Cross hand-carved from driftwood of capsized refugee boats goes on display in Sheffield

A Lampedusa Cross, hand-carved from the driftwood of capsized refugee boats, is being displayed in the Cathedral of St Marie's in Sheffield in an act of solidarity with the plight of refugees.

By The Newsroom
Wednesday, 22nd June 2016, 1:22 pm
Updated Wednesday, 22nd June 2016, 1:23 pm

The cross was presented to Bishop Ralph Haskett by CAFOD representative Anne Prior, at Mass on Saturday the 21st of May at 12.30pm. This was then followed by a procession and an official installation of the cross in the Cathedral. The cross will then be taken on a tour of the Hallam Diocese when special events will be held.

Pope Francis carried a ‘Lampedusa cross’ – so named for the Italian island that is home to carpenter Francesco Tuccio and where thousands of refugees have drowned – at a memorial service for those who had died.

The crosses will now act as a symbol for communities in England and Wales as they respond to the refugee crisis.

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Parishioners from Sheffield and the surrounding areas have organised pilgrimages with the cross to show solidarity with the refugees arriving in the UK, as well as praying for those far from our shores.

As part of a campaign led by the Catholic charities CAFOD, CSAN and the Jesuit Refugee Service, each Catholic cathedral in England and Wales has been presented with a cross and invited to display it.

CAFOD representative in the Hallam diocese, Anne Prior, said: “It was a lovely Mass at which we prayed for those who are affected by the refugee crisis and remembered those who have lost their lives as a consequence. Lots of people came to spend a few moments at the Cross, many people said what a powerful symbol it was and how it honoured those lost.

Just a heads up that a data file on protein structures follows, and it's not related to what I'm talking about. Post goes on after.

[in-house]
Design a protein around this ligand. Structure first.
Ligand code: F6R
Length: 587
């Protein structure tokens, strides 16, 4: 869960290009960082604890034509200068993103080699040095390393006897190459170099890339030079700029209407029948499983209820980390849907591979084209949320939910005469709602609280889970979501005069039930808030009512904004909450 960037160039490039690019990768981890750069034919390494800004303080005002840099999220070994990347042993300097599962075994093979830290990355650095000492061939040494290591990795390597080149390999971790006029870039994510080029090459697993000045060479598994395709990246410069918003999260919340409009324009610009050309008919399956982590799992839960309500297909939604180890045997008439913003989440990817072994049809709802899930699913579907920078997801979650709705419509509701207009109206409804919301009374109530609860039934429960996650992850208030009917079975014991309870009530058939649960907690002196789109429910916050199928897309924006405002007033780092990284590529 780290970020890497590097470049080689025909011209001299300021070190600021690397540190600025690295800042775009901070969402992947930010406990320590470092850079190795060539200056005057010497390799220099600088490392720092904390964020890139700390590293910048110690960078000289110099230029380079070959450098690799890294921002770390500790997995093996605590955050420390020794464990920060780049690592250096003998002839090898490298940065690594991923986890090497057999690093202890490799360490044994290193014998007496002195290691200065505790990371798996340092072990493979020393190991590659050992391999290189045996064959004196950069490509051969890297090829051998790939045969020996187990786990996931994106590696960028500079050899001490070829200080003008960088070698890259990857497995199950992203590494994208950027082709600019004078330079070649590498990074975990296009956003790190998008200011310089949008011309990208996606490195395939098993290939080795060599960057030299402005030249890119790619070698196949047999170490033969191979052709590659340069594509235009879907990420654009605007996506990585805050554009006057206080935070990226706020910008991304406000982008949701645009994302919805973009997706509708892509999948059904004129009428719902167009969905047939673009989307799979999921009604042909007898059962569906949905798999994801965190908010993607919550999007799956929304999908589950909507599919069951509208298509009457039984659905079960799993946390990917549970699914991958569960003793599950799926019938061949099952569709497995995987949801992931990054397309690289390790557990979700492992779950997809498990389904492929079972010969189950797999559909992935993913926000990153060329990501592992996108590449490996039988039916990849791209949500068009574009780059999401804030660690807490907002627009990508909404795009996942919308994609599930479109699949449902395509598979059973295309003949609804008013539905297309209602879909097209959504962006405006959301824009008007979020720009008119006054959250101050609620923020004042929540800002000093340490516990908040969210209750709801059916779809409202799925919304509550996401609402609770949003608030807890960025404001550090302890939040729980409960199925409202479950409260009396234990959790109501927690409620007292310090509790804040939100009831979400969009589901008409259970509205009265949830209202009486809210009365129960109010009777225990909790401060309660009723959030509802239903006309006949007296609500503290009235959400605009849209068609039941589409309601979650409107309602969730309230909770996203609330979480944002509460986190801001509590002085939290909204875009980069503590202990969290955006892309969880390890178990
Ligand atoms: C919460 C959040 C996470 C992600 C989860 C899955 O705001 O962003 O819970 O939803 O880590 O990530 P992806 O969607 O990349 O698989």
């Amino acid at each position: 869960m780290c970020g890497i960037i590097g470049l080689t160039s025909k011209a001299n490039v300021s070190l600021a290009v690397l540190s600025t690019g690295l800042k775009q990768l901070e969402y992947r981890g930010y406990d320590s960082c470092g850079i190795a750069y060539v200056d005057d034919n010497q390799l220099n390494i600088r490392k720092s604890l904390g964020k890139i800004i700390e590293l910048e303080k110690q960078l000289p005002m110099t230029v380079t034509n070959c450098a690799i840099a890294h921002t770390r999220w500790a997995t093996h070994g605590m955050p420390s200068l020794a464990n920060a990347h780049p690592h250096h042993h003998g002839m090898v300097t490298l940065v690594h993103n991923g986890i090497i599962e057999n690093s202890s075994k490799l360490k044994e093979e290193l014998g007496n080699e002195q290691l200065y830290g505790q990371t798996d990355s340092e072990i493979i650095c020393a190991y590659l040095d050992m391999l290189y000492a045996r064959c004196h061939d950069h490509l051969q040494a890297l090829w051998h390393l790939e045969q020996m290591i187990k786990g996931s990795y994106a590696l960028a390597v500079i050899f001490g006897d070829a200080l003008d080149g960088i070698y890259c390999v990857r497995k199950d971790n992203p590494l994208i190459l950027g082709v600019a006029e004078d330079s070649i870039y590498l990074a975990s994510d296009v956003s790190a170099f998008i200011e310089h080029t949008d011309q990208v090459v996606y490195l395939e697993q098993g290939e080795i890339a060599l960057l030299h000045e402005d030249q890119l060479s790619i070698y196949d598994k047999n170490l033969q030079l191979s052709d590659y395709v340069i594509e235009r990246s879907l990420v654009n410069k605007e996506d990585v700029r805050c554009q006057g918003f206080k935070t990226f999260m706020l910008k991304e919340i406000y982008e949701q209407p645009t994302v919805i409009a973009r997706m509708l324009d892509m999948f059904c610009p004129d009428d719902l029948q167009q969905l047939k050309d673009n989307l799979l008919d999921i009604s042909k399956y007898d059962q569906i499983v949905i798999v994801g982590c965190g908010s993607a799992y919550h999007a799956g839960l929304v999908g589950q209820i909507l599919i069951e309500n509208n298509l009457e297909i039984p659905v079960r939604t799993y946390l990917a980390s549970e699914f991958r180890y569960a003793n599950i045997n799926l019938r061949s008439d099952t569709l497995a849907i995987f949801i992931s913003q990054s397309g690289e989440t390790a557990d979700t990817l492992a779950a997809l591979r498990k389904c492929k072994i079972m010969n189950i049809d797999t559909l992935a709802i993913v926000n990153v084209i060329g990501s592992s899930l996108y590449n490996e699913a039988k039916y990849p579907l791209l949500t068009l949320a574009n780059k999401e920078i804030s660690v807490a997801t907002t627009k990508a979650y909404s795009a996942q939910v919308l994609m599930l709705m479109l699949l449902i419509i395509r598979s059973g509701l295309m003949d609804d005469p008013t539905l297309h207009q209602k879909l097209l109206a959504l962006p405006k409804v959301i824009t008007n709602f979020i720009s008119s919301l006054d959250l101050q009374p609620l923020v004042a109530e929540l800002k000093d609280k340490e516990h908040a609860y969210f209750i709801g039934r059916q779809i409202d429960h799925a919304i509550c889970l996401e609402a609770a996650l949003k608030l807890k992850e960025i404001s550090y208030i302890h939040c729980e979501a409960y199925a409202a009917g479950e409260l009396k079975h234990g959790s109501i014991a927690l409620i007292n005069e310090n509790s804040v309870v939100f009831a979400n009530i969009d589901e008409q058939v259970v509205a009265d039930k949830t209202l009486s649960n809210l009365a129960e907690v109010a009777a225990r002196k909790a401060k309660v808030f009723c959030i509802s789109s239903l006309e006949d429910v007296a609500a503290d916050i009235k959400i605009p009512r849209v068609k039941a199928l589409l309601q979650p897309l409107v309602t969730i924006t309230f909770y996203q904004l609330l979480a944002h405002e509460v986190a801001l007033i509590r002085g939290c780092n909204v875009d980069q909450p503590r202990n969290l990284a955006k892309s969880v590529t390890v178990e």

“Through the pilgrimage, we feel we are offering a welcome to the refugees arriving in the UK, as well praying for those far from our shores. We also feel we are answering the call of Pope Francis to show our love for those who are suffering.”

CAFOD is working with local partner organisations in Europe and beyond to provide practical help to those fleeing their homes, calling on the UK government to take a fair and proportionate share of refugees – from both within and outside the European Union – and pushing for the establishment of safe and legal routes to enable refugees to reach safety.”

The three Catholic charities have together produced a pilgrimage reflection, featuring seven stages where communities can consider the plight of refugees and reflect on Scripture and the recent teachings of Pope Francis. The reflection can be used by the many dioceses that are planning pilgrimages as part of the Year of Mercy announced by Pope Francis.